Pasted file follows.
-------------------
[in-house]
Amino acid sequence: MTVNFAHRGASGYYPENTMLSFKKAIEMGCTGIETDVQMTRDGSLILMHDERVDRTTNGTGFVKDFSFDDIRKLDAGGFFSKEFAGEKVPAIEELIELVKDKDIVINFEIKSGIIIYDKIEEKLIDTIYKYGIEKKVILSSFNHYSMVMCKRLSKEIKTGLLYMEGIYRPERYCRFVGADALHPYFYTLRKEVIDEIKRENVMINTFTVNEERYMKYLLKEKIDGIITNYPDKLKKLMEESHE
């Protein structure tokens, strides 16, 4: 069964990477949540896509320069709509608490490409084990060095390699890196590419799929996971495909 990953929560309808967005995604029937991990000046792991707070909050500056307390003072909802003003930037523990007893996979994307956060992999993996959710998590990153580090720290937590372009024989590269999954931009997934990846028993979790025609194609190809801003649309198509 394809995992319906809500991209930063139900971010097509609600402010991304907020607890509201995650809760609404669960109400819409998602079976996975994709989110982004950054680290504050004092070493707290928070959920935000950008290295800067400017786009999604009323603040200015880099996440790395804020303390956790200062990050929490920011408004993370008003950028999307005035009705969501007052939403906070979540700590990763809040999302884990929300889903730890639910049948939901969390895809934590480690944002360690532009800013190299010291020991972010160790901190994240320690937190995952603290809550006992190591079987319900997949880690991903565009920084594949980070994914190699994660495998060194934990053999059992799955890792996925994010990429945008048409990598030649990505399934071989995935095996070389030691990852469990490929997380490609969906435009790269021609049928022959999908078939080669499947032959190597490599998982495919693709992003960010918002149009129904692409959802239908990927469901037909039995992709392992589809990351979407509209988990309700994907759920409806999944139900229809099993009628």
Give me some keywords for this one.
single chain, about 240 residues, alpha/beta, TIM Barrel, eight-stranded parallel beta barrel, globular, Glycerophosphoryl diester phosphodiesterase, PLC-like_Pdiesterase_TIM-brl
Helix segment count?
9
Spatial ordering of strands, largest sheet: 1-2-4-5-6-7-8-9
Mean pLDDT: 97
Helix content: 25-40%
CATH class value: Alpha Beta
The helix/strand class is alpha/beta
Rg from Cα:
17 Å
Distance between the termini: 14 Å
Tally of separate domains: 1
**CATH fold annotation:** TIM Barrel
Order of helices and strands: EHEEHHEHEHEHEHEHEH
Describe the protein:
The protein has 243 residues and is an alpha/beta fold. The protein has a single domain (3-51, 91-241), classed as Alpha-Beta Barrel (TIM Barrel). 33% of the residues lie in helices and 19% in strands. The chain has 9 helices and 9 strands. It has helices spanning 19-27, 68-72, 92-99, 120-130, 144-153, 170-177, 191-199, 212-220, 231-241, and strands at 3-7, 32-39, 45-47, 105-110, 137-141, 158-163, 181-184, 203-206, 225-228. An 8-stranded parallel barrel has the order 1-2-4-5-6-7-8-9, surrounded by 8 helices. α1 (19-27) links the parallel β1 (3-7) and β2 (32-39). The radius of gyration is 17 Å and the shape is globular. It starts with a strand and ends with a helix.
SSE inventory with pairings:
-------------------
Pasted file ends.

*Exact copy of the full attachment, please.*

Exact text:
[in-house]
Amino acid sequence: MTVNFAHRGASGYYPENTMLSFKKAIEMGCTGIETDVQMTRDGSLILMHDERVDRTTNGTGFVKDFSFDDIRKLDAGGFFSKEFAGEKVPAIEELIELVKDKDIVINFEIKSGIIIYDKIEEKLIDTIYKYGIEKKVILSSFNHYSMVMCKRLSKEIKTGLLYMEGIYRPERYCRFVGADALHPYFYTLRKEVIDEIKRENVMINTFTVNEERYMKYLLKEKIDGIITNYPDKLKKLMEESHE
């Protein structure tokens, strides 16, 4: 069964990477949540896509320069709509608490490409084990060095390699890196590419799929996971495909 990953929560309808967005995604029937991990000046792991707070909050500056307390003072909802003003930037523990007893996979994307956060992999993996959710998590990153580090720290937590372009024989590269999954931009997934990846028993979790025609194609190809801003649309198509 394809995992319906809500991209930063139900971010097509609600402010991304907020607890509201995650809760609404669960109400819409998602079976996975994709989110982004950054680290504050004092070493707290928070959920935000950008290295800067400017786009999604009323603040200015880099996440790395804020303390956790200062990050929490920011408004993370008003950028999307005035009705969501007052939403906070979540700590990763809040999302884990929300889903730890639910049948939901969390895809934590480690944002360690532009800013190299010291020991972010160790901190994240320690937190995952603290809550006992190591079987319900997949880690991903565009920084594949980070994914190699994660495998060194934990053999059992799955890792996925994010990429945008048409990598030649990505399934071989995935095996070389030691990852469990490929997380490609969906435009790269021609049928022959999908078939080669499947032959190597490599998982495919693709992003960010918002149009129904692409959802239908990927469901037909039995992709392992589809990351979407509209988990309700994907759920409806999944139900229809099993009628």
Give me some keywords for this one.
single chain, about 240 residues, alpha/beta, TIM Barrel, eight-stranded parallel beta barrel, globular, Glycerophosphoryl diester phosphodiesterase, PLC-like_Pdiesterase_TIM-brl
Helix segment count?
9
Spatial ordering of strands, largest sheet: 1-2-4-5-6-7-8-9
Mean pLDDT: 97
Helix content: 25-40%
CATH class value: Alpha Beta
The helix/strand class is alpha/beta
Rg from Cα:
17 Å
Distance between the termini: 14 Å
Tally of separate domains: 1
**CATH fold annotation:** TIM Barrel
Order of helices and strands: EHEEHHEHEHEHEHEHEH
Describe the protein:
The protein has 243 residues and is an alpha/beta fold. The protein has a single domain (3-51, 91-241), classed as Alpha-Beta Barrel (TIM Barrel). 33% of the residues lie in helices and 19% in strands. The chain has 9 helices and 9 strands. It has helices spanning 19-27, 68-72, 92-99, 120-130, 144-153, 170-177, 191-199, 212-220, 231-241, and strands at 3-7, 32-39, 45-47, 105-110, 137-141, 158-163, 181-184, 203-206, 225-228. An 8-stranded parallel barrel has the order 1-2-4-5-6-7-8-9, surrounded by 8 helices. α1 (19-27) links the parallel β1 (3-7) and β2 (32-39). The radius of gyration is 17 Å and the shape is globular. It starts with a strand and ends with a helix.
SSE inventory with pairings: